Across The Block: Mecum Auctions, Anaheim

Chris Tonn
by Chris Tonn
across the block mecum auctions anaheim

It seems that I have much to learn about the classic car auction scene. A yearly January couch session with beer and remote in hand is clearly not enough to understand how cars go under the gavel. Depending on how I feel like keeping score, I’ve slipped well below the Mendoza line in my two short weeks handicapping vintage auto sales.

Fortunately, I have another chance for redemption this weekend. Once again, Mecum is doing the selling, this time in sunny Anaheim, California. I’m now seriously regretting not flying west to cover this week’s Los Angeles Auto Show.

2000 Corbin Sparrow

Sorry. It’s ugly, I know. But how many other companies best known for making motorcycle saddles start building cars? This is such an interesting little vehicle.

Moviegoers of a certain age might recognize it from Austin Powers in Goldmember:

Otherwise, it’s a pretty basic three-wheel electric commuter.

My guess: $5,000.

1963 Jaguar E-Type Roadster

Always a hit, the early Series 1 E-Types are beloved for the purity of the design — later cars lost the glass-covered headlamps, grew larger bumpers, and had the dashboard toggle switches replaced with plastic rocker switches. In classic British Racing Green, this is sure to be a hit.

I should have one of these in my garage. My dad very nearly bought one in the early 1970s when he lived in New Jersey. But for an unfortunate under-bonnet fire on his test drive, he would have bought it instead of an MGB.

Mercifully, this car has a fire extinguisher in the passenger footwell.

The market for a well-restored (or well preserved original) E-Type is always strong, with early cars consistently bringing well into six figures.

My guess: $145,000.

1959 Volkswagen Samba

I’m likely one of the very few auto enthusiasts who has little desire to drive a VW Microbus. It’s an icon, certainly, as symbol for the free love Sixties, and a supporting cast member in dozens of movies, but I can’t imagine driving one of these for any significant time can be anything but terrifying. Minimal horsepower and a tall, wind-catching profile have to make this slow and scary on the road.

Still, people love them. This one seems to be perfectly restored, and looks possibly better than new. They can bring some serious money if they are right.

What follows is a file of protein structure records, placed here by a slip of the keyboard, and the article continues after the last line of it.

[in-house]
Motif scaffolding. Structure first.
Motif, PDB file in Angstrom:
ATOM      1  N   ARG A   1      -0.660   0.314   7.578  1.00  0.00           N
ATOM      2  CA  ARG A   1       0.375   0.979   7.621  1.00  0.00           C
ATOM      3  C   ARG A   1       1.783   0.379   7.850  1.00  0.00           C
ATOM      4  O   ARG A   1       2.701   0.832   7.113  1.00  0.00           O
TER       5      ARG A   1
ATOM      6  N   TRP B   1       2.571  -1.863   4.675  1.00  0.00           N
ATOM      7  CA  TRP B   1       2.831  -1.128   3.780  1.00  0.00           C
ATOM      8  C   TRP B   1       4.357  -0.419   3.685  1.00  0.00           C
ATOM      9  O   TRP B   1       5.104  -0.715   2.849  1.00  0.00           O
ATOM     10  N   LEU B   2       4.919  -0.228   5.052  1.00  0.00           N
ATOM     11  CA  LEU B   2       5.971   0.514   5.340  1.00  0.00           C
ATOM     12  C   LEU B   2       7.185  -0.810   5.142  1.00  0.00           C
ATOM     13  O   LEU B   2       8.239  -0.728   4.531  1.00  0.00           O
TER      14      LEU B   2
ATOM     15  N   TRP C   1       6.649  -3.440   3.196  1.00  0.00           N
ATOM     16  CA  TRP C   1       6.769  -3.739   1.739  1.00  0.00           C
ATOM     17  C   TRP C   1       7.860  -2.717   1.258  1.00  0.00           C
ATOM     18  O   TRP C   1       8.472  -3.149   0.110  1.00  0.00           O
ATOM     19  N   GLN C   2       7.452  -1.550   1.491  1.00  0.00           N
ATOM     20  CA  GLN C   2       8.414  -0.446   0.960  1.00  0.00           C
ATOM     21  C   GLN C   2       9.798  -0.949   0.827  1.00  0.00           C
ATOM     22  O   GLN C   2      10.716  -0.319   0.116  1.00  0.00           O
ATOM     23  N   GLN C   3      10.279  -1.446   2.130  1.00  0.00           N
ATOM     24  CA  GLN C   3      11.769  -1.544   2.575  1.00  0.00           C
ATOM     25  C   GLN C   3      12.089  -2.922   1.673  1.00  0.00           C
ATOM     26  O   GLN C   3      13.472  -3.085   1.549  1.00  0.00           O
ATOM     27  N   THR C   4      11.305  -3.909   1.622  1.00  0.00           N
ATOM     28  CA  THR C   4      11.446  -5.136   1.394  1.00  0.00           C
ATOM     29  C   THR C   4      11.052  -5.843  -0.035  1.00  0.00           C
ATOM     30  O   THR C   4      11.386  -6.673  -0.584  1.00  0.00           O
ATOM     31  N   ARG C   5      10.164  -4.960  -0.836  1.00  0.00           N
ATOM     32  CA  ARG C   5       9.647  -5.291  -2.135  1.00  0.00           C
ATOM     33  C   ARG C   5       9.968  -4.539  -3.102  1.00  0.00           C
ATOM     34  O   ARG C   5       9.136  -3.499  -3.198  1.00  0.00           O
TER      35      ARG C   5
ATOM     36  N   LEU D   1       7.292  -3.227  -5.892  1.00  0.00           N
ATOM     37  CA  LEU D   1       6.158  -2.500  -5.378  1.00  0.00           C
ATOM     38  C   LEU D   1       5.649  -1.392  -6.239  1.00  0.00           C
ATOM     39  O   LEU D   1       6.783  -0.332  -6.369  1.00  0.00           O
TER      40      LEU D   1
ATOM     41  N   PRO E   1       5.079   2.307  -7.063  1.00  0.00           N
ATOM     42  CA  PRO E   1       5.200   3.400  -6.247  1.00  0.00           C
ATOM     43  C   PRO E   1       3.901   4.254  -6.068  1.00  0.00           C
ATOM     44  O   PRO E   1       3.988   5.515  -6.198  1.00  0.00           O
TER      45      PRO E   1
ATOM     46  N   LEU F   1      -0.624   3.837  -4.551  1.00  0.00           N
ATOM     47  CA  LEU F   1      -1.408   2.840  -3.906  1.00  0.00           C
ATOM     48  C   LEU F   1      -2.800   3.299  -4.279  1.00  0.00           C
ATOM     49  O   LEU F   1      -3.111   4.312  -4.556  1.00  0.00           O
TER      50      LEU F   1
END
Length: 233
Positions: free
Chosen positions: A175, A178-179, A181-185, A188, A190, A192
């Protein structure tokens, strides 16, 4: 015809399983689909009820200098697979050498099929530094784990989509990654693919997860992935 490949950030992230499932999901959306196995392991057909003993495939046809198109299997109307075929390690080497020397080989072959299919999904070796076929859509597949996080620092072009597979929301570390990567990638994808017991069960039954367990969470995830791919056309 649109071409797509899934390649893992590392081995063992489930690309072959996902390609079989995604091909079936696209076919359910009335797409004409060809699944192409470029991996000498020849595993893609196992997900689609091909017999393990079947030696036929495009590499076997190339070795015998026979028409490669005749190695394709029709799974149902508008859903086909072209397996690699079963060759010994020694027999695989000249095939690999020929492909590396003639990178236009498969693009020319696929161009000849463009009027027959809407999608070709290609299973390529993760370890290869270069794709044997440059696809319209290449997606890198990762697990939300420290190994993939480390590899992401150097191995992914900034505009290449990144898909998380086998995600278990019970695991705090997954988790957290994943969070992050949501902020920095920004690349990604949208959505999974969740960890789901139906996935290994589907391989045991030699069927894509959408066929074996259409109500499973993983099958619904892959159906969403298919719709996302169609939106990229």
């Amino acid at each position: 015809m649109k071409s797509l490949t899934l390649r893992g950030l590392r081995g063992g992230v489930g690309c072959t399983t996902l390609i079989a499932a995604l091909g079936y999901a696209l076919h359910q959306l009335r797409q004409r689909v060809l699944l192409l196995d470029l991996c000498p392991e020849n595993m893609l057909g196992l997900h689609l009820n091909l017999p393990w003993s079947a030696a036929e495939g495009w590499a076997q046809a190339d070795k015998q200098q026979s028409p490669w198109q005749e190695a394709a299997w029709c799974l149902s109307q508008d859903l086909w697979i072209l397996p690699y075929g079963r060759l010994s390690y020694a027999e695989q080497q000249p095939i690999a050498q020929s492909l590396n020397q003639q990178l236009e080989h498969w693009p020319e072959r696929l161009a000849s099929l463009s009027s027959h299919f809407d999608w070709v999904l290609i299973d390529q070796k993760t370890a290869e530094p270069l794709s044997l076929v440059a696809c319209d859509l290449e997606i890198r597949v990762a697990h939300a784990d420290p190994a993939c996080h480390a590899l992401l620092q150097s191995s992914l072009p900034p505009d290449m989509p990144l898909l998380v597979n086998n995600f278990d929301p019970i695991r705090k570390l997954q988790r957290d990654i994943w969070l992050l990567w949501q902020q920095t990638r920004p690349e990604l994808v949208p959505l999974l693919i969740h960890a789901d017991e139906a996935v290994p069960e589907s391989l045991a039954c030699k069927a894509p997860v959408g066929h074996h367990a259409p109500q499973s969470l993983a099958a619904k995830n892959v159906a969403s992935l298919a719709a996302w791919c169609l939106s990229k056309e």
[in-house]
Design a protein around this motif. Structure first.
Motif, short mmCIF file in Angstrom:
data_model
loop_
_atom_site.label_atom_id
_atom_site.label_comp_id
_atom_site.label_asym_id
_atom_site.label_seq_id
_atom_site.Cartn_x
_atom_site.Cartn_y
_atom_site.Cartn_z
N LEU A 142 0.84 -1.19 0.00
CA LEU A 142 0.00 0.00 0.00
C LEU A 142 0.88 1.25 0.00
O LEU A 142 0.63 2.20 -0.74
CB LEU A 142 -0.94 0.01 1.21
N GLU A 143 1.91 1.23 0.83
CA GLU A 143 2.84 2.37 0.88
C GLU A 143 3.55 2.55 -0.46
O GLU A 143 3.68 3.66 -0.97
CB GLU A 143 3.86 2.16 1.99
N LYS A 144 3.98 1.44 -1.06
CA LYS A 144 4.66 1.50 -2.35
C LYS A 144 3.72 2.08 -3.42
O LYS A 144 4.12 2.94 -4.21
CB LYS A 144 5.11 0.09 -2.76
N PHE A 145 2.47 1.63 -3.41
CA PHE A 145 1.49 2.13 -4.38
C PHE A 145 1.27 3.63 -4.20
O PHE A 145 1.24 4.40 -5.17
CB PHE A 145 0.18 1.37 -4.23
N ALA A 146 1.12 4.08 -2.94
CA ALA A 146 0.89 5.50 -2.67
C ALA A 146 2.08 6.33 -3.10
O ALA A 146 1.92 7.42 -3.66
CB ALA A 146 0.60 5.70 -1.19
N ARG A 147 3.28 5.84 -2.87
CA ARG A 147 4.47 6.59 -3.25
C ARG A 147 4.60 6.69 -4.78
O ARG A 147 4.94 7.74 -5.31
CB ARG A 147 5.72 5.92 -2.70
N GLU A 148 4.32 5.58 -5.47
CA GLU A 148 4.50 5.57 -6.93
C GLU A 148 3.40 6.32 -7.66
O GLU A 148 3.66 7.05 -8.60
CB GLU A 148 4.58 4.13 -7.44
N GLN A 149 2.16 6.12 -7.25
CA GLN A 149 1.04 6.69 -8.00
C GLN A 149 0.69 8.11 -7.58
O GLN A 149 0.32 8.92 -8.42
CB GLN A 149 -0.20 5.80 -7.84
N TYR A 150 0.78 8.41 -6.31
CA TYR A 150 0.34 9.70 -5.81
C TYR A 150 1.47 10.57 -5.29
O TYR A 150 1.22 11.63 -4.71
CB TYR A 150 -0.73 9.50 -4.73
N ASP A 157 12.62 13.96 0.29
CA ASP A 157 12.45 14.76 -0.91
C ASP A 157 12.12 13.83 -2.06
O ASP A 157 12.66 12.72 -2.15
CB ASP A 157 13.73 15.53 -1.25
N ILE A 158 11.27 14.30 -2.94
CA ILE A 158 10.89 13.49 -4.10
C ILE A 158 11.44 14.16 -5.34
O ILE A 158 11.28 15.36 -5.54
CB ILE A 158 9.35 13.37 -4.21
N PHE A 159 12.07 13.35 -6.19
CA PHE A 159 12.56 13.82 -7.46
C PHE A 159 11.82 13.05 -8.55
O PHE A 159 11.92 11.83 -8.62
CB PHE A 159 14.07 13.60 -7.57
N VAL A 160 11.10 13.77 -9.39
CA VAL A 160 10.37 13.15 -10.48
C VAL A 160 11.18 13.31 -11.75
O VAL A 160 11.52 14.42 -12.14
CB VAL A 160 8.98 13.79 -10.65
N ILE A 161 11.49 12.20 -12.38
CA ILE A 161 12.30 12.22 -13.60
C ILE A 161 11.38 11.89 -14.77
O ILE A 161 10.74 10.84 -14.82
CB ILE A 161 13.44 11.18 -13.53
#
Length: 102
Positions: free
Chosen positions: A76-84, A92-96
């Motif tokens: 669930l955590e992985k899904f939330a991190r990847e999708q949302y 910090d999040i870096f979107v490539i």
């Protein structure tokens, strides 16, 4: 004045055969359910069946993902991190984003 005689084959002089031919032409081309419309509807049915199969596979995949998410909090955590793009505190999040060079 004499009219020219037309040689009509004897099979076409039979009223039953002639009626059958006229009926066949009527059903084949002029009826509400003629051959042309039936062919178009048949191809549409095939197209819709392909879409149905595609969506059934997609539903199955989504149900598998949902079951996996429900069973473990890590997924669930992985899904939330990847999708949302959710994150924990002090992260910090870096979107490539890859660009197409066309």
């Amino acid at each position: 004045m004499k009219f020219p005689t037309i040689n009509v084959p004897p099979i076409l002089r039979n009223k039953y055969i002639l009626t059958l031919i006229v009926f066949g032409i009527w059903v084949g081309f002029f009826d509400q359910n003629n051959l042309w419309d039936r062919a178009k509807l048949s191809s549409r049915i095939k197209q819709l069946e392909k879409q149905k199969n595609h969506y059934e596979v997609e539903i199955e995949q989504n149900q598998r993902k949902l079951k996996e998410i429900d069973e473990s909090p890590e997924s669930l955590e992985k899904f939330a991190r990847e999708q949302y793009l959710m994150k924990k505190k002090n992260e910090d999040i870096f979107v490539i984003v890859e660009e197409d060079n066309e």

My guess: $85,000.

2001 Qvale Mangusta

It sounds so simple – a powerful Ford V8 in a lightweight European roadster. It’s been done plenty of times before, but the ‘90s brought us something completely different. It’s not the prettiest of cars out there, even though De Tomaso designed it, but it’s certainly eye catching. It should be plenty of fun to drive, with a then-current Ford Cobra powertrain. The convertible top is interesting, too — the center section can be removed to reveal a targa-like cockpit, and the rear section can rotate into the trunk.

My guess: $45,000.

Last Week’s Results

Carlisle doesn’t list the top bid price if the car doesn’t sell — which was the case for three of the five cars I looked at last week. The MG TC appears to have been withdrawn from the sale — no results are listed for it.

The only sale of my five picks was the bargain — the 1988 Buick Reatta. I guessed, apparently assuming there was either a gold brick or plenty of fine white powder in the trunk, a whopping $5,000.

It sold for $1,500.

So, please, rip apart my guesses again, and make some picks of your own. We’ll see how things turn out next week.

[Images: Mecum Auction, Inc.]

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4 of 34 comments
  • Ronnie Schreiber Ronnie Schreiber on Nov 18, 2016

    E Types have gotten very expensive, particularly the early cars but it better be very, very nice for $145K. That's a 23 window Samba and they've gotten some silly prices so $85K might be low. Split Window VW Buses are slow and a handful in the wind, but they are fun to drive in their own way. Not very safe, though. Your knees are the front crush zone. My two older kids grew up in them but I wouldn't want them to drive my grandkids in one.

    • See 1 previous
    • -Nate -Nate on Nov 18, 2016

      @Jagboi "Not very safe, though. Your knees are the front crush zone. My two older kids grew up in them but I wouldn’t want them to drive my grandkids in one." . Just so ~ a guy I knew had me resurrect a '57 # 211 3/4 ton Panel Truck and is was rusty at the pinchweld across the front ~ I waned him this was very unsafe in even a minor crash, he ignored me and was traveling about 45 MPH when a stupid woman turned left in front of him, now he only has one leg . . Most older vehicles are serious death traps regarless of condition . . The woman was not only unrepentant, she yelled at him . . -Nate

  • Corey Lewis Corey Lewis on Nov 18, 2016

    You need to consult me before you go yellin about $5k

  • Art_Vandelay “Fain also invited President Joe Biden to join the striking workers on the picket line”Yes. Please go on strike Joe. One of this Cosmo Kramer Bagel making strikes that lasts for a decade or so
  • SCE to AUX No sitting President should visit a picket line.
  • Scott So a sled manufacturer makes a sled on wheels. Where is the surprise?
  • Add Lightness I had one of these for a company truck. It was also 2WD thankfully as part-by-part the truck got everything replaced over the course of a year. If it was 4WD, that would have just hurt the company more fixing the extra drivetrain.
  • KOKing I like 2dr SUVs (I'm glad the new Bronco is available w 2 doors; it's MUCH better looking, and I'm finally seeing more of them on the road), but I've seen the Mexico-only 90s Ramcharger a couple of times and it has that same too-big rear window look that these old ones had.